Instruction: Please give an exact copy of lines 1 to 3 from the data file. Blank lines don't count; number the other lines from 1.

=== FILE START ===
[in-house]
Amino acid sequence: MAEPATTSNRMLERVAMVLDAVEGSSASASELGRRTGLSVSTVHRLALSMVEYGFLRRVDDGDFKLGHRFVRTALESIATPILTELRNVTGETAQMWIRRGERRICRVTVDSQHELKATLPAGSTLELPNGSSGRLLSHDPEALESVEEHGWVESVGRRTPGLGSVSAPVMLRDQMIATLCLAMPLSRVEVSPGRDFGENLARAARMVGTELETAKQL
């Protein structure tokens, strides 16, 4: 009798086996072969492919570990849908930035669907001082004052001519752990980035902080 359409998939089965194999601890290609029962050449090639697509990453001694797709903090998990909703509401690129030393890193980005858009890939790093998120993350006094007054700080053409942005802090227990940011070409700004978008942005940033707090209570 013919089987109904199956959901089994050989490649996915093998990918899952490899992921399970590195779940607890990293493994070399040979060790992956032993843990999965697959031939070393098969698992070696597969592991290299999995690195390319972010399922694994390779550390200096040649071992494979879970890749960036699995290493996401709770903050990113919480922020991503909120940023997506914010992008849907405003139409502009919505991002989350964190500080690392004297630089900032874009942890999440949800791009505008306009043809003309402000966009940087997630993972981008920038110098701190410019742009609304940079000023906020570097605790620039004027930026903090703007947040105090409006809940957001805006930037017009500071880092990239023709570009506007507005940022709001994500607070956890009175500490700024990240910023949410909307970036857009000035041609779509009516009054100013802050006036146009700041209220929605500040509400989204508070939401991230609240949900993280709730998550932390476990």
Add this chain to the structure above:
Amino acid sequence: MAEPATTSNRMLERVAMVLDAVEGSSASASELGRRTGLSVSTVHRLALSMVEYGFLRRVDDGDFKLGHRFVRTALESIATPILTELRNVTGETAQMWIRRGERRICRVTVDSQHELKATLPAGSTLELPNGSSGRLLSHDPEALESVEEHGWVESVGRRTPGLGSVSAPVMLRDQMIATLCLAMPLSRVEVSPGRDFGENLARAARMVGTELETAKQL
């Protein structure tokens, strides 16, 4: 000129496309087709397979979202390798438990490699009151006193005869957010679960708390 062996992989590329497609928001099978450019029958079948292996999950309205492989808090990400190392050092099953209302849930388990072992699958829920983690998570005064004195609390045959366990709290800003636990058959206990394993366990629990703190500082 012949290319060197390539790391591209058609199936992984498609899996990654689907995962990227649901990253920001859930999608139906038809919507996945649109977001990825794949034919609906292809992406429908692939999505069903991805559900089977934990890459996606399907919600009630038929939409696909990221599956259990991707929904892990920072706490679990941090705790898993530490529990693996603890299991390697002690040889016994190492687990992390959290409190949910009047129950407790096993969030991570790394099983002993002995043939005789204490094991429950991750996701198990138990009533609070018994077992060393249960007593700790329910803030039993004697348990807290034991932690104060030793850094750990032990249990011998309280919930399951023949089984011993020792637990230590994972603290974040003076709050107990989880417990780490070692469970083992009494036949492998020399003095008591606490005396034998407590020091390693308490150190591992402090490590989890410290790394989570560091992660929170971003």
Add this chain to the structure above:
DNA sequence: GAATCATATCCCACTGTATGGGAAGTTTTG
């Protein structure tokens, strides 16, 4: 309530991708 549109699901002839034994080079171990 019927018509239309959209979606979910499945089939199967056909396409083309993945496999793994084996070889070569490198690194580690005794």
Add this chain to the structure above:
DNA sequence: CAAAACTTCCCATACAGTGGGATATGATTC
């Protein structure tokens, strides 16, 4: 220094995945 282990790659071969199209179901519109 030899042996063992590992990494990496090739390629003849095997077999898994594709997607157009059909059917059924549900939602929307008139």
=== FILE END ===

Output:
[in-house]
Amino acid sequence: MAEPATTSNRMLERVAMVLDAVEGSSASASELGRRTGLSVSTVHRLALSMVEYGFLRRVDDGDFKLGHRFVRTALESIATPILTELRNVTGETAQMWIRRGERRICRVTVDSQHELKATLPAGSTLELPNGSSGRLLSHDPEALESVEEHGWVESVGRRTPGLGSVSAPVMLRDQMIATLCLAMPLSRVEVSPGRDFGENLARAARMVGTELETAKQL
């Protein structure tokens, strides 16, 4: 009798086996072969492919570990849908930035669907001082004052001519752990980035902080 359409998939089965194999601890290609029962050449090639697509990453001694797709903090998990909703509401690129030393890193980005858009890939790093998120993350006094007054700080053409942005802090227990940011070409700004978008942005940033707090209570 013919089987109904199956959901089994050989490649996915093998990918899952490899992921399970590195779940607890990293493994070399040979060790992956032993843990999965697959031939070393098969698992070696597969592991290299999995690195390319972010399922694994390779550390200096040649071992494979879970890749960036699995290493996401709770903050990113919480922020991503909120940023997506914010992008849907405003139409502009919505991002989350964190500080690392004297630089900032874009942890999440949800791009505008306009043809003309402000966009940087997630993972981008920038110098701190410019742009609304940079000023906020570097605790620039004027930026903090703007947040105090409006809940957001805006930037017009500071880092990239023709570009506007507005940022709001994500607070956890009175500490700024990240910023949410909307970036857009000035041609779509009516009054100013802050006036146009700041209220929605500040509400989204508070939401991230609240949900993280709730998550932390476990």